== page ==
And it’s okay to have those moments. There’s always the moments where everything can be going great and you can be in a bad mood. So it’s learning how to not give those moments so much energy and attention. Just let it be what it is. It’s a moment. And it passes.

Clara: Exactly. And staying in that and nurturing it and instead of being even harder on yourself in those moment going into a softer place of like, “Yeah, I’m just going to just stay with that place in spite of myself,” which is standard and it’s soft. And it’s still wanting some care.

So that’s also a big shift. Instead of in those moments getting harder on myself and say, “Yes, now going to do something about it,” no, “I’m going slow down. I’m going to go get a massage. I’m going to just go and nurture myself and rest and take a resting day.” It’s a way different attitude than, “I’m going to power through this.”

Marc: So you were born and raised in Italy, yes?

Clara: Yes.

Marc: And you’ve been in this country now for 10 years?

Clara: Yes.

Marc: How do you think a European or Italian upbringing, does it impact your experience in any of being in America, going through what you’re going through? Are there any connections there for you, just having been raised in a different culture?
Clara: Well, what I perceive certainly there is a lot of connection with the sense of honoring the act of eating in the quality of food and really having an experience that’s beyond…It’s really nourishment. And food is something that’s celebrated in Italy. And that’s part of a very profound value. It brings people together. It brings families together. We give attention to that and to the enjoyment and to the pleasure of it. So I think that plays a role into how I relate to that.

And then beyond the culture per se, I think what played a role for me was more specific challenges in my family growing up because of my family also dealing with weight issues. And I talked a bit about it in our previous podcast. So I think it’s harder for me to disentangle that from the culture part because in my family, there was that issue of my mom dealing with some obesity issues and guilting herself for that and being very hard and always on a diet more. So there was this very subtle conflict.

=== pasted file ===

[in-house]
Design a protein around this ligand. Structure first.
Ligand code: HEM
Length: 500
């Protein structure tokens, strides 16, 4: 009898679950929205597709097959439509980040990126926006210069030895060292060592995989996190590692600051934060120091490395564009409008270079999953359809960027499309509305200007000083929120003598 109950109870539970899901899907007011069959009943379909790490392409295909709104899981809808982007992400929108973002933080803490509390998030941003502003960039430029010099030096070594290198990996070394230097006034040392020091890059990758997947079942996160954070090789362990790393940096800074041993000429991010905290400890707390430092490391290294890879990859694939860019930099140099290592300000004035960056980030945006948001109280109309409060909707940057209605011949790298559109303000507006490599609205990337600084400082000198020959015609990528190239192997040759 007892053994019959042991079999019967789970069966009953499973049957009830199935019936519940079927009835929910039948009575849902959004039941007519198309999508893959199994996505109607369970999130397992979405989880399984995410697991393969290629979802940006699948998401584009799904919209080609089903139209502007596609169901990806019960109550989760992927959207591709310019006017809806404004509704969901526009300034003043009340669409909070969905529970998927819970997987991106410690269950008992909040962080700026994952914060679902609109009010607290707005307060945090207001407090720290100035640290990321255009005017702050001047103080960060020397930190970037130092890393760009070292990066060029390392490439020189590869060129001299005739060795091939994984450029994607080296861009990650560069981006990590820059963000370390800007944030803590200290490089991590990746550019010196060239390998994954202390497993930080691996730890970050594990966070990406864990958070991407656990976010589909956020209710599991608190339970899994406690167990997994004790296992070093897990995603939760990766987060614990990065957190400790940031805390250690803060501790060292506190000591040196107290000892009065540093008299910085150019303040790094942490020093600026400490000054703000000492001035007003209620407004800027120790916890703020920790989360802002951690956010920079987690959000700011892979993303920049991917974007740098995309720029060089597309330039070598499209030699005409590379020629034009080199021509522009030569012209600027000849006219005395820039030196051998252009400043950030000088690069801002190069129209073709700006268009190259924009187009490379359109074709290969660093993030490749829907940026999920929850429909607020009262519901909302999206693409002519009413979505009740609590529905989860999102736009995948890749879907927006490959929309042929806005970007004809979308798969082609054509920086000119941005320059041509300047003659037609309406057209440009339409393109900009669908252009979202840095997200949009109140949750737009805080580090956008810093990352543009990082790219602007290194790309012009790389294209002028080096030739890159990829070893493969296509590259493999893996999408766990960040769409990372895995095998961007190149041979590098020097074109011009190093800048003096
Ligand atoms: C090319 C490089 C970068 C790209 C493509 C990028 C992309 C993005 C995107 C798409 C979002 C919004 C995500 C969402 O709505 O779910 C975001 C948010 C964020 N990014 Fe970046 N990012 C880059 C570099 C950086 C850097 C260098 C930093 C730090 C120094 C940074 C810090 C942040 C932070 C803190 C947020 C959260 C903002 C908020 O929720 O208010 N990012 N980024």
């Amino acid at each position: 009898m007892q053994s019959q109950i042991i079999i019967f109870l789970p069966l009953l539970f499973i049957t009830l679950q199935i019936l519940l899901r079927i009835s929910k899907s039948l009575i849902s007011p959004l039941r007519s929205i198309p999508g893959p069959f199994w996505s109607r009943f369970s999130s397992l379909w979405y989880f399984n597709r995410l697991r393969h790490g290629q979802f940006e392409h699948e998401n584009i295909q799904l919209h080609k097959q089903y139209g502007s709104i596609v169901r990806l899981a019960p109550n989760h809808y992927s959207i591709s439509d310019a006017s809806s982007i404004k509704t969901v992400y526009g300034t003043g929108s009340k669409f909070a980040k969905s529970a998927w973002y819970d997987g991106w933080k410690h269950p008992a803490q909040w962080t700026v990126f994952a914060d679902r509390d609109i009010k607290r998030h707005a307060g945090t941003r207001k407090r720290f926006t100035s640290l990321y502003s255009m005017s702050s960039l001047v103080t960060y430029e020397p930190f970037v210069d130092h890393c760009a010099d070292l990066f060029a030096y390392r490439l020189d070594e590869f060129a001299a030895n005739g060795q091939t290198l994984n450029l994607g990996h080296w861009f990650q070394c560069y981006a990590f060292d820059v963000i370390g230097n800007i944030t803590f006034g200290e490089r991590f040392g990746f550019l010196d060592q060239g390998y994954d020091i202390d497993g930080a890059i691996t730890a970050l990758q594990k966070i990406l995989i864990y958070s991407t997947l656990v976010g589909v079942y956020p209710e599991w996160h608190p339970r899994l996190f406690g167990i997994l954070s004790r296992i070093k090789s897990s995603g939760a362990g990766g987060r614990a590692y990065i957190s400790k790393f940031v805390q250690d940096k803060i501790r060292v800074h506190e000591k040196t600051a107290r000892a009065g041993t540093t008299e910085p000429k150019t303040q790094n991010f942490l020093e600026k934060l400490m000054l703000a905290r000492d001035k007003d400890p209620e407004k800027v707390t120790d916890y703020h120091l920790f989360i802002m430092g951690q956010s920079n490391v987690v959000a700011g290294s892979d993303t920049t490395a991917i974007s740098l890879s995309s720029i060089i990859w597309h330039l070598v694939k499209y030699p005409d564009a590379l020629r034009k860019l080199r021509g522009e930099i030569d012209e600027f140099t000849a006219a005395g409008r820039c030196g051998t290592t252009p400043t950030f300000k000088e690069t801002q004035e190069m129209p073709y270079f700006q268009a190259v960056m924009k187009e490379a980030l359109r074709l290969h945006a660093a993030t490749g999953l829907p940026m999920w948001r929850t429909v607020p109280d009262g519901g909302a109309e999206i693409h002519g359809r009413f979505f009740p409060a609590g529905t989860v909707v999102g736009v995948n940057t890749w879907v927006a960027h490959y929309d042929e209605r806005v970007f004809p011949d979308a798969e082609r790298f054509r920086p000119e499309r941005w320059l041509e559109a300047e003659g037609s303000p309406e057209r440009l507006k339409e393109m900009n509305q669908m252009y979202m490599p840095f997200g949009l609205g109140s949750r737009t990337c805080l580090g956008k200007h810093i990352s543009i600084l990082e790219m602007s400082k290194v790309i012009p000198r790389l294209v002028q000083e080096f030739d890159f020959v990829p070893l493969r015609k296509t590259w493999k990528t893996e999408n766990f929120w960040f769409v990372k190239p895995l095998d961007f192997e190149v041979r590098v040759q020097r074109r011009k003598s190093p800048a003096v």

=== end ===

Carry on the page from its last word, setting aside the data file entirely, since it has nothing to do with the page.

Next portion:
On the one hand, the enjoyment of food and food having so many meanings, but then on the other hand self-hatred and self-punishment because it’s all about it’s all your fault if you’re not able to control that. So there’s a lot of mixed messages there.

Marc: I think maybe in part you’re kind of transforming that in your system. You’re taking what’s in your lineage. Oftentimes we’re completing some of the work of our parents that they maybe are not able to do. And we so have to take away this thing called fault. “It’s your fault.” When we operate from that place, it’s hard to have success in anything. “Well, it’s your fault you don’t have enough money. It’s your fault that you’re a woman or a man.”

We can make up all kinds of crazy things. And you used the word a lot at the beginning of our conversation. You’re curious. You want to be curious. And I think when we look at things like a curious scientist instead of a blaming, judging person, things open up more. Things become a little easier faster. So I think you’re on a great journey here.

Clara: Yes. And I’m very grateful for that. And, yes, I hope that can be inspiring to weakness and inspiring to share. It’s interesting. My younger sister is getting married next year. And so as you might imagine, the whole family back there is switching into a diet mode to fit into a dress.

So, yeah, it triggered things in me because I was noticing. So what if I don’t then do a diet myself? Does it mean that I’m not going to be included in that? And it’s very interesting to learn holding space, to have people have the learning curve and trying to inspire them without forcing. But, yeah, interesting.